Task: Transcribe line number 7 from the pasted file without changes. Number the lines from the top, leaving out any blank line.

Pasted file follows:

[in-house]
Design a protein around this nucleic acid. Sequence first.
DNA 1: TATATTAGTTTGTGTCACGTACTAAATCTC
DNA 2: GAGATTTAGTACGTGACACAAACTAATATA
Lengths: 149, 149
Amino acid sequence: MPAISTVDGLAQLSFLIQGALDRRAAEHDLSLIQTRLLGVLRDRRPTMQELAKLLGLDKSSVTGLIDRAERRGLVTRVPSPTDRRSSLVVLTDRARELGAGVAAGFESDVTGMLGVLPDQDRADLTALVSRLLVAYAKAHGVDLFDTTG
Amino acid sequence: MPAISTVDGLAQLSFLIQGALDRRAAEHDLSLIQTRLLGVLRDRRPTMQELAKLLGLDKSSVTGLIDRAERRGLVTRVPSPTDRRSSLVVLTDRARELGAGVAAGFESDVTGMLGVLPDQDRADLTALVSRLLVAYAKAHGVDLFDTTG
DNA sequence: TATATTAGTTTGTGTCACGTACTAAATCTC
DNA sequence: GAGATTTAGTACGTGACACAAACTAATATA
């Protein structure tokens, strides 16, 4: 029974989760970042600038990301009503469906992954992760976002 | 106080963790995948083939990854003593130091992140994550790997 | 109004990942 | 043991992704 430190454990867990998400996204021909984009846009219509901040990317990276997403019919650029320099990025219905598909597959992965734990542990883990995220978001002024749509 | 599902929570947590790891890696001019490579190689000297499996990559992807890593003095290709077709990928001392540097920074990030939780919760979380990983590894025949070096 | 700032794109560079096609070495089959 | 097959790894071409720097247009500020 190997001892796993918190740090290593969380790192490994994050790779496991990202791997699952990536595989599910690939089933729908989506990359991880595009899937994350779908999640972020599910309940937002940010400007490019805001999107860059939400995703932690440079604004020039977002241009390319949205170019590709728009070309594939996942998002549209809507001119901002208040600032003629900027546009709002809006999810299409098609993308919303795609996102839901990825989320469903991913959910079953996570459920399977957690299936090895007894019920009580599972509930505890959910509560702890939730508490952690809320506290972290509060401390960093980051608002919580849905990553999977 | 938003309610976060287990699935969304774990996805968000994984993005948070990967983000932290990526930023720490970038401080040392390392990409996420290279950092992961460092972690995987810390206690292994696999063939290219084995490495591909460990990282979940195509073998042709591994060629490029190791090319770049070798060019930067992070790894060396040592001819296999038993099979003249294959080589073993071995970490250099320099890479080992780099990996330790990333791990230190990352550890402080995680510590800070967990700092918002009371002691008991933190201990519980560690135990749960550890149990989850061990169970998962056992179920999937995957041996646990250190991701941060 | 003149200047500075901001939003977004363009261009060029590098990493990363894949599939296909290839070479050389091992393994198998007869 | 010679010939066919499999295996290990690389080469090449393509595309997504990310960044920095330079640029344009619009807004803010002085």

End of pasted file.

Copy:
Amino acid sequence: MPAISTVDGLAQLSFLIQGALDRRAAEHDLSLIQTRLLGVLRDRRPTMQELAKLLGLDKSSVTGLIDRAERRGLVTRVPSPTDRRSSLVVLTDRARELGAGVAAGFESDVTGMLGVLPDQDRADLTALVSRLLVAYAKAHGVDLFDTTG